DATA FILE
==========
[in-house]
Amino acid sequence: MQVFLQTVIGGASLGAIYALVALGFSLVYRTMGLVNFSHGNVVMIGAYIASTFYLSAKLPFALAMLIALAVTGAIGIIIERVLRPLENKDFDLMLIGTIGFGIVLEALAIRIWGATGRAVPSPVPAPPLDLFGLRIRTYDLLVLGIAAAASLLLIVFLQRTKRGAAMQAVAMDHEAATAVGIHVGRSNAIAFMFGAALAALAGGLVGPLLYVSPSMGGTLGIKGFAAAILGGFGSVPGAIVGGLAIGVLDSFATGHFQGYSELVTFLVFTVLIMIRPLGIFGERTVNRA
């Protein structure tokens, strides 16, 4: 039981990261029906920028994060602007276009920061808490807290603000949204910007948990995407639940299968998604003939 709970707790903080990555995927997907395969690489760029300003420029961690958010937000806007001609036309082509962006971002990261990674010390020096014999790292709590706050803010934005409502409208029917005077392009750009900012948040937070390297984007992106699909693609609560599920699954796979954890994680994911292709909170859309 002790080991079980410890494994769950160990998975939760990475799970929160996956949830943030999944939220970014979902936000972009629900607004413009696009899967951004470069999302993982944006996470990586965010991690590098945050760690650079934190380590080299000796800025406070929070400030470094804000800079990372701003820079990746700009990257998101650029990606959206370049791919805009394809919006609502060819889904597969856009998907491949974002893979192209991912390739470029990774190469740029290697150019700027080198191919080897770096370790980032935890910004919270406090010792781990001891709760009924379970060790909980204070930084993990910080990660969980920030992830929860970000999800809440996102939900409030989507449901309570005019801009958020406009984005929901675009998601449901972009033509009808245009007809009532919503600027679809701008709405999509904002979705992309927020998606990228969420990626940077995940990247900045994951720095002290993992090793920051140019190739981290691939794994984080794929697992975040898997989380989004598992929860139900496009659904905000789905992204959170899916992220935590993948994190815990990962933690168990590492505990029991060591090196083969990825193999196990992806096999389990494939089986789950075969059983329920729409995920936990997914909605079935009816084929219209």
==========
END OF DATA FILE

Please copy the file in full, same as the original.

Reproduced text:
[in-house]
Amino acid sequence: MQVFLQTVIGGASLGAIYALVALGFSLVYRTMGLVNFSHGNVVMIGAYIASTFYLSAKLPFALAMLIALAVTGAIGIIIERVLRPLENKDFDLMLIGTIGFGIVLEALAIRIWGATGRAVPSPVPAPPLDLFGLRIRTYDLLVLGIAAAASLLLIVFLQRTKRGAAMQAVAMDHEAATAVGIHVGRSNAIAFMFGAALAALAGGLVGPLLYVSPSMGGTLGIKGFAAAILGGFGSVPGAIVGGLAIGVLDSFATGHFQGYSELVTFLVFTVLIMIRPLGIFGERTVNRA
């Protein structure tokens, strides 16, 4: 039981990261029906920028994060602007276009920061808490807290603000949204910007948990995407639940299968998604003939 709970707790903080990555995927997907395969690489760029300003420029961690958010937000806007001609036309082509962006971002990261990674010390020096014999790292709590706050803010934005409502409208029917005077392009750009900012948040937070390297984007992106699909693609609560599920699954796979954890994680994911292709909170859309 002790080991079980410890494994769950160990998975939760990475799970929160996956949830943030999944939220970014979902936000972009629900607004413009696009899967951004470069999302993982944006996470990586965010991690590098945050760690650079934190380590080299000796800025406070929070400030470094804000800079990372701003820079990746700009990257998101650029990606959206370049791919805009394809919006609502060819889904597969856009998907491949974002893979192209991912390739470029990774190469740029290697150019700027080198191919080897770096370790980032935890910004919270406090010792781990001891709760009924379970060790909980204070930084993990910080990660969980920030992830929860970000999800809440996102939900409030989507449901309570005019801009958020406009984005929901675009998601449901972009033509009808245009007809009532919503600027679809701008709405999509904002979705992309927020998606990228969420990626940077995940990247900045994951720095002290993992090793920051140019190739981290691939794994984080794929697992975040898997989380989004598992929860139900496009659904905000789905992204959170899916992220935590993948994190815990990962933690168990590492505990029991060591090196083969990825193999196990992806096999389990494939089986789950075969059983329920729409995920936990997914909605079935009816084929219209």